Resources for homeschool critical thinking skills are few and far between despite these being extremely important in teaching our kids how to analyze arguments and ideas.
Stay with me here. There is a link to FREE cheatsheets for all the ideas I explain in this post at the bottom.
Homeschool Critical Thinking Skills: What is logic?
Logic is a tool we use to determine how valid an argument is. There are 4 different types of logic, and each type is used in life, both for academic pursuits and for the mundane things in life.
For example, I use logic when I make my grocery list. But I also use logic when looking for a mistake in a math problem.
The 4 Types of Logic
Informal Logic: This type of logic uses reasoning to make or analyze an argument.
Formal Logic: This type of logic is composed of syllogisms. You probably remember them from higher education entrance exams. They usually follow this pattern: If A=B and B=C, then A=C.
Symbolic Logic: This type of logic uses symbols to replace language and determines whether something is true.
Mathematical Logic: This type of logic uses mathematical rules to prove arguments.
These types of logic can be used with each other or independently.
Logical Fallacies are patterns of argument that our brains accept as accurate, even though they are not.
Appeal to Hypocrisy — An argument that relies on the hypocrisy of the opposing person or view. (TU QUOQUE)
Appeal to Emotion — An argument that relies on manipulating emotions to persuade people. (Argumentum ad passiones)
Appeal to Authority — An argument that relies on the authority of a person rather than evidence. (ARGUMENTUM AD AUCTORITATE)
Appeal to Ignorance — An argument that relies on the fact that it has not been proven false or there is no evidence against it. (Argumentum ad ignorantiam)
Bandwagon — The idea that large groups of people can’t be wrong and accept something untrue or unsound. (Argumentum ad populum)
Straw Man — Over-simplifies the opponent’s viewpoint and then attacks the weaker point.
Circular Argument –An argument that uses a claim as both evidence and conclusion.
Red Herring — One point (related or not) is used to distract from the topic of focus.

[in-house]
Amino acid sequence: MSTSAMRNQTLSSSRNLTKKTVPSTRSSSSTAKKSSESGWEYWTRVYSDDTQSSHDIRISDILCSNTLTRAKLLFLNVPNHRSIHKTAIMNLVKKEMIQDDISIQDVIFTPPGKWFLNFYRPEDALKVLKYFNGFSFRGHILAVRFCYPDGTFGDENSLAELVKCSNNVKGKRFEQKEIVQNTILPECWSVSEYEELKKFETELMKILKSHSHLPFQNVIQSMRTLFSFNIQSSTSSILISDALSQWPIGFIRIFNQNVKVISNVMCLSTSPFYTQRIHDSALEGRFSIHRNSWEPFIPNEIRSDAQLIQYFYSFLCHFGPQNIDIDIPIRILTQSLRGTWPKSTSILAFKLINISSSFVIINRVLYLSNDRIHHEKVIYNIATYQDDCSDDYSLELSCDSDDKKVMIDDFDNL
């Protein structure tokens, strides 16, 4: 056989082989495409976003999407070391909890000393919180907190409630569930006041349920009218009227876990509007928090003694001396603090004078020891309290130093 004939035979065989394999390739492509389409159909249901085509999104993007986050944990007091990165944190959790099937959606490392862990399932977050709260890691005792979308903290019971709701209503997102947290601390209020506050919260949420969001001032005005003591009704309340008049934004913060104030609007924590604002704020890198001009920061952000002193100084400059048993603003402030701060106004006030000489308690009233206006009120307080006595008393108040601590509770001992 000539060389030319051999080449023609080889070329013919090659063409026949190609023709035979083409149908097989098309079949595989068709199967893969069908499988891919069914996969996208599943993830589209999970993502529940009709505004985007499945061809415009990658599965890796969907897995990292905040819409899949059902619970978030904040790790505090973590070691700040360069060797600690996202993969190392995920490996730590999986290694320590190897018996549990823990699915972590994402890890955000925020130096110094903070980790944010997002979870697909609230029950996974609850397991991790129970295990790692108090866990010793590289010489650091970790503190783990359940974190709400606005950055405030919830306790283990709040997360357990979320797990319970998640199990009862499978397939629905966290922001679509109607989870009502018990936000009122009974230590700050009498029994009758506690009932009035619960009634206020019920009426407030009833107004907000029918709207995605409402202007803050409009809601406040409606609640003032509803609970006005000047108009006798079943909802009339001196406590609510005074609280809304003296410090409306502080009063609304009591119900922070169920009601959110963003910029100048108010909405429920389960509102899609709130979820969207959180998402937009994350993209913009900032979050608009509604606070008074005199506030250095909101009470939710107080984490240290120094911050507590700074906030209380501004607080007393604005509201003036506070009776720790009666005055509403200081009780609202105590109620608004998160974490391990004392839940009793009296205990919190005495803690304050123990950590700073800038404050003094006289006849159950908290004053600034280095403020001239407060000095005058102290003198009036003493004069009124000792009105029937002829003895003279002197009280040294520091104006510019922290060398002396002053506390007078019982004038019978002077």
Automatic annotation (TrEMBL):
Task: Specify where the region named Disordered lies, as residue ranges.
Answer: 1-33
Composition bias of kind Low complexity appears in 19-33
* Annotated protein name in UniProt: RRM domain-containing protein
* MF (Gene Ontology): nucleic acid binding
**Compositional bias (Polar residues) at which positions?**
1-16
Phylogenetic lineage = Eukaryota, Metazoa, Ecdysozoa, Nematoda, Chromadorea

Hasty Generalization –An argument that relies on just a few anecdotes without substantial evidence to back up the claim
Slippery Slope –An argument relying on that one thing will inevitably lead to another.
Sunk Cost — The idea that you cannot stop something because of the effort you have already put into it.
False Dichotomy –An argument presented with only 2 solutions, but in reality, there are many possible solutions.
A Causes B –An argument that claims one event caused another because they happened at similar times without sufficient proof.
False Equivalent –An argument that tries to make 2 different things sound the same OR 2 similar things sound very different. (Post hoc ergo propter hoc)
Logic and Reasoning
Logic and reasoning are often used interchangeably, but they are not the same things. Reasoning is more about comparing and contrasting ideas or arguments to determine which is superior when a truth is not applicable.
7 Types of Reasoning
Deductive Reasoning: Starts with an assumption, then uses facts to validate or invalidate that assumption.
Inductive Reasoning: Starts with facts and uses those to validate an assumption. Informally called the opposite of deductive reasoning.
Analogical Reasoning: Finds similarities between 2 things or arguments.
Abductive Reasoning: Elucidates more information from a vague or unclear starting point. It doesn’t seek to prove anything, instead focusing on a range of conclusions. It also contains the idea of Occum’s Razor, the idea that the simplest explanation is almost always the correct one.
Cause and Effect Reasoning: Shows links between 2 events
Critical Thinking: Uses all rational thought techniques (reasoning, logic, etc.) to reach a firm conclusion. This is sort of the umbrella term for all types of thinking in this article.
Decompositional Reasoning: This type of reasoning breaks things into parts to analyze each and then determines if each piece accurately contributes to the whole.
These seem like crazy complicated ideas, but the chances are that you already use them every day. So get your free homeschool critical thinking skills resources here!
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